Browse Definitions:
Definition

HALO (High Altitude Long Operation)

A HALO (High Altitude Long Operation) aircraft is an aircraft designed to act as a very high altitude receiving and transmitting tower, circling a metropolitan area and providing broadband telecommunication service at data rates up to 5 Mbps to homes and up to 25 Mbps to business users with dedicated lines. Angel Technologies plans to launch a HALO-based series of metropolitan area networks ( MAN s). In each city, a single aircraft flying at about 52,000 feet will be able to service home and business users over a 60 mile area. Three aircraft will take turns, each flying an 8-hour shift. Users on the ground will mount a small external antenna outside their home or building. The airplane will link users with each other or with Internet service providers ( ISP s) and telephone company offices for connection to networks outside the metropolitan area. Tens or even hundreds of thousands of users can be serviced. Rates are not yet announced.

The aircraft, called the Proteus, is being built in California by Scaled Composites, a subsidiary of Wyman-Gordon Company. It is powered by twin turbofan engines and is designed to have an "efficient high-altitude loiter," to be easy to maneuver, and to sustain flight at altitudes as high as 60,000 feet for 14 hours with a payload of up to 2,000 pounds. Extendible wings allow it to carry a range of payloads. The first "proof of concept" Proteus has been successful in preliminary flight tests.

Unlike the telecommunication satellite systems now being developed, a HALO system can be launched for one city at a time. (The HALO aircraft flies at about a tenth of the lowest altitude of the LEO satellite.) An advantage of a high-altitude plane over other wireless solutions is that there is almost no interference. Transmitters will be powered with 40 Kilowatts at the 28 and 38 GHz frequency bands. An antenna can receive a signal through trees and during rainstorms. Angel plans to offer three levels of service:

  • For home and small business users using dial-up, 1 to 5 Mbps, providing low-cost Internet service, video on demand, and 2-way video conferencing
  • For larger businesses using dial-up or dedicated connection, 5 to 12.5 Mbps
  • For businesses with dedicated connections, up to 25 Mbps
This was last updated in March 2011

Start the conversation

Send me notifications when other members comment.

By submitting you agree to receive email from TechTarget and its partners. If you reside outside of the United States, you consent to having your personal data transferred to and processed in the United States. Privacy

Please create a username to comment.

-ADS BY GOOGLE

File Extensions and File Formats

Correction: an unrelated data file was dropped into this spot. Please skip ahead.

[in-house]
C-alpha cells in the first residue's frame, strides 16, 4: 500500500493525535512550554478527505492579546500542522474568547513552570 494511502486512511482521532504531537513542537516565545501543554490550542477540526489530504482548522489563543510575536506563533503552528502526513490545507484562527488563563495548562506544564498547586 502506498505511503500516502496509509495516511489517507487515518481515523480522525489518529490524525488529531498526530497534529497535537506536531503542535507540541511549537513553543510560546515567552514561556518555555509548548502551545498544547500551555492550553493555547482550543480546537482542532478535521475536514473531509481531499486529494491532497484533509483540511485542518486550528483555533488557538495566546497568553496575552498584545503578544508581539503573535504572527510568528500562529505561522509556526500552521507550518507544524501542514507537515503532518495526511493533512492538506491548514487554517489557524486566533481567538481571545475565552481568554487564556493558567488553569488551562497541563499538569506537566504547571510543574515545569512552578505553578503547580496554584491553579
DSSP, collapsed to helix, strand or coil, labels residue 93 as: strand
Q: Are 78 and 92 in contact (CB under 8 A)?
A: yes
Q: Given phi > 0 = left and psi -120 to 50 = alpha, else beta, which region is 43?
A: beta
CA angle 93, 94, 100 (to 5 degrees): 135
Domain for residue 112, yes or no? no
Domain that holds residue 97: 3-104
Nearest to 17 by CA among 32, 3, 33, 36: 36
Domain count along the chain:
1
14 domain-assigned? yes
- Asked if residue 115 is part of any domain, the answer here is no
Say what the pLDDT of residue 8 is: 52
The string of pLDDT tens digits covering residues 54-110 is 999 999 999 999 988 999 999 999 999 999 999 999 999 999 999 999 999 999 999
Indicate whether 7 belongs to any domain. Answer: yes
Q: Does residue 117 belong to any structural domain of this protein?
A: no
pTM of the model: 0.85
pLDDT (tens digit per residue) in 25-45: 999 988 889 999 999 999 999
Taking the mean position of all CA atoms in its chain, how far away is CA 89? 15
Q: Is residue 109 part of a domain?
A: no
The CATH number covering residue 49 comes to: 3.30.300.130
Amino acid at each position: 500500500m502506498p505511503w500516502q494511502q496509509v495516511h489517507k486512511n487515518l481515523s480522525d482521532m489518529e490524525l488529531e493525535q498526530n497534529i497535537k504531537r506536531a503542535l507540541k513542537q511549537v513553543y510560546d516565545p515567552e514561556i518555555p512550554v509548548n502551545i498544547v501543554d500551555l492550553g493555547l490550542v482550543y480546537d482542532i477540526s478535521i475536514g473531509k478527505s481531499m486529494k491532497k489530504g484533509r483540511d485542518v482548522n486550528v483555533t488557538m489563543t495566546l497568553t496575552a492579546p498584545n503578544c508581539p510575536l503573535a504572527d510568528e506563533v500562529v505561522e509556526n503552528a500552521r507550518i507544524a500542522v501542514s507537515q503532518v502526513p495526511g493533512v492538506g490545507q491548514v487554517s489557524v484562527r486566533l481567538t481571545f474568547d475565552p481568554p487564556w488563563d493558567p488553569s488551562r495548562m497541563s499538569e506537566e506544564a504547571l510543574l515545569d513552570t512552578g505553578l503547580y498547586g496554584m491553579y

Powered by:

SearchCompliance

  • internal audit (IA)

    An internal audit (IA) is an organizational initiative to monitor and analyze its own business operations in order to determine ...

  • pure risk (absolute risk)

    Pure risk, also called absolute risk, is a category of threat that is beyond human control and has only one possible outcome if ...

  • risk assessment

    Risk assessment is the identification of hazards that could negatively impact an organization's ability to conduct business.

SearchSecurity

  • phishing

    Phishing is a form of fraud in which an attacker masquerades as a reputable entity or person in email or other communication ...

  • vulnerability disclosure

    Vulnerability disclosure is the practice of publishing information about a computer security problem, and a type of policy that ...

  • incident response

    Incident response is an organized approach to addressing and managing the aftermath of a security breach or cyberattack, also ...

SearchHealthIT

SearchDisasterRecovery

  • business continuity and disaster recovery (BCDR)

    Business continuity and disaster recovery (BCDR) are closely related practices that describe an organization's preparation for ...

  • business continuity plan (BCP)

    A business continuity plan (BCP) is a document that consists of the critical information an organization needs to continue ...

  • call tree

    A call tree -- sometimes referred to as a phone tree -- is a telecommunications chain for notifying specific individuals of an ...

SearchStorage

  • flash memory

    Flash memory, also known as flash storage, is a type of nonvolatile memory that erases data in units called blocks.

  • NAND flash memory

    NAND flash memory is a type of nonvolatile storage technology that does not require power to retain data.

  • NOR flash memory

    NOR flash memory is one of two types of nonvolatile storage technologies.

SearchSolidStateStorage

  • hybrid hard disk drive (HDD)

    A hybrid hard disk drive is an electromechanical spinning hard disk that contains some amount of NAND Flash memory.

Close